On Wednesday, Japan began the final preparations in preparation for the discharge of treated water from the Fukushima nuclear plant in the Pacific Ocean, starting from Thursday.
This came in a statement issued by the Tokyo Electric Power Holding Company “TEPCO”, which operates the station, according to the Japanese “Kyodo” agency.
According to the agency, “TEPCO measured the level of tritium concentration in the treated water, which is diluted with seawater.”
It explained that this step aims to “make sure that the level of tritium is less than 1 in 40 of what Japanese safety standards allow before it is discharged through an underwater tunnel pipe one kilometer from the affected station.”
On Tuesday, Japanese Prime Minister Fumio Kishida announced his country’s decision to start draining radioactive water from the Fukushima nuclear plant on August 24.
The Japanese declaration was soon met with a strong condemnation from China on Tuesday, accusing it of “arbitrarily disposing of nuclear-contaminated water” in the ocean, which belongs to everyone and not its own.
Chinese Foreign Ministry spokesman Wang Wenbin warned at a press conference of the great environmental danger involved in this step.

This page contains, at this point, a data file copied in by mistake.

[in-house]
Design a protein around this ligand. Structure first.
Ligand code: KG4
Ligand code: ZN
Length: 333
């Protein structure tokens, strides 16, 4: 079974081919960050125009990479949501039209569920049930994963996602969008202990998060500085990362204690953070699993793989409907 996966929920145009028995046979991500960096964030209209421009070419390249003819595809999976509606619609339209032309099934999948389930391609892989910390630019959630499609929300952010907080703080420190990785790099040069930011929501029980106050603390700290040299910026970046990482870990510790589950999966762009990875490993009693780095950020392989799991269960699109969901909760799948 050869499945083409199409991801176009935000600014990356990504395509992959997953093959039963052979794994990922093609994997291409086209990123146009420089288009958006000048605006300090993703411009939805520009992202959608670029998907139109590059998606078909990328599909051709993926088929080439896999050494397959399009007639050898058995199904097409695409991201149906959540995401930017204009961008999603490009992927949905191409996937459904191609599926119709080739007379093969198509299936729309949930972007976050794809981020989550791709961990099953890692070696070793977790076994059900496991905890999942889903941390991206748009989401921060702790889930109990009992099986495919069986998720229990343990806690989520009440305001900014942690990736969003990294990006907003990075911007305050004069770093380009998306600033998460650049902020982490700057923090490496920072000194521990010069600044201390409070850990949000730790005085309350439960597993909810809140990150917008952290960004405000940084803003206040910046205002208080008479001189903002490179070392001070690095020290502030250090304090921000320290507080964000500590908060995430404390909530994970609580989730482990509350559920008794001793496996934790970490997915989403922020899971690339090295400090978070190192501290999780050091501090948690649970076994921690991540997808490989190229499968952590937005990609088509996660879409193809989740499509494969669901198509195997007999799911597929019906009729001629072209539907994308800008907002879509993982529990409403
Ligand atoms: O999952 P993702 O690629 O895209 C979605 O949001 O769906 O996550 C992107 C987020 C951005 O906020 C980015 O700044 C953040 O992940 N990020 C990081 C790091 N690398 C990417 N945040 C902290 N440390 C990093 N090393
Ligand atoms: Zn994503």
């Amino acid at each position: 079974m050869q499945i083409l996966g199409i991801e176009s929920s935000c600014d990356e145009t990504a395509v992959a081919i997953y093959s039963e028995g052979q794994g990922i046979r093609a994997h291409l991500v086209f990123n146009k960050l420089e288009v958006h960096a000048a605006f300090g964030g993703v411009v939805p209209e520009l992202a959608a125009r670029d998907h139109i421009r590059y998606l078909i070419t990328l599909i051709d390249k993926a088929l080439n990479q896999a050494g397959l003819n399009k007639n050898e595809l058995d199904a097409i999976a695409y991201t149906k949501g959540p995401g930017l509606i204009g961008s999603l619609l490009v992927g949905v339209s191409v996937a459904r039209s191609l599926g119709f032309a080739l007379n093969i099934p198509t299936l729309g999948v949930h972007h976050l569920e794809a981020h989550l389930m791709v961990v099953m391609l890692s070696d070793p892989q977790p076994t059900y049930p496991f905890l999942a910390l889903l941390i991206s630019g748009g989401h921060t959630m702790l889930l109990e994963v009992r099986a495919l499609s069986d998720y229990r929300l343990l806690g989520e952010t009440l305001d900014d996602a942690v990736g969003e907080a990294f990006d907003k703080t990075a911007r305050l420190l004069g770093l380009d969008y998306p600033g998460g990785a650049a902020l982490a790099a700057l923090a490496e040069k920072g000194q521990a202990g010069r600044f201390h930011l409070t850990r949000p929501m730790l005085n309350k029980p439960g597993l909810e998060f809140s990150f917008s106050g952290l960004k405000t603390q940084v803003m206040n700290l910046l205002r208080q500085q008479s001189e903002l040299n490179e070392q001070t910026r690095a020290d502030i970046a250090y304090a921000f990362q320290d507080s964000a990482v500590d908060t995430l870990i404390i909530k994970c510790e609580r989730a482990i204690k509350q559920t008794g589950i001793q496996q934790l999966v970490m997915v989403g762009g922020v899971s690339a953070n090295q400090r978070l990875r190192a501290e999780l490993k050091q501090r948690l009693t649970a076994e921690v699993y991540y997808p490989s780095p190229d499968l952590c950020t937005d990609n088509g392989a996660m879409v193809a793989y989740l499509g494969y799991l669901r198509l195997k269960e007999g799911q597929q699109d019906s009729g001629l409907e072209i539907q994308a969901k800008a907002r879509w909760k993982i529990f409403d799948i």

On the same day, China also summoned Japan’s ambassador to protest against his country’s decision regarding the discharge of treated water from the Fukushima plant into the ocean.
For his part, Park Koo-yeon, deputy head of the Office for Government Policy Coordination in South Korea, said during a daily briefing on the Fukushima issue: “We do not agree or oppose the plan, and we will demand that the discharge be stopped immediately if the concentration of radioactive materials in the water exceeds standard levels, and that Japan informs us of this immediately.” Immediately.”
And last month, the International Atomic Energy Agency gave final approval to the discharge, saying Japan’s plan met international standards and would have “minimal radiological impact on people and the environment.”
And in April 2021, former Japanese Prime Minister Yoshihide Suga gave approval for the release of nuclear water from the Fukushima plant in the Pacific Ocean “within about two years.”
The Fukushima plant had stored more than 1.3 million tons of water through a custom filtration known as the Advanced Liquid Processing System, following the meltdown of 3 reactors following a strong earthquake off the coast of Japan in March 2011.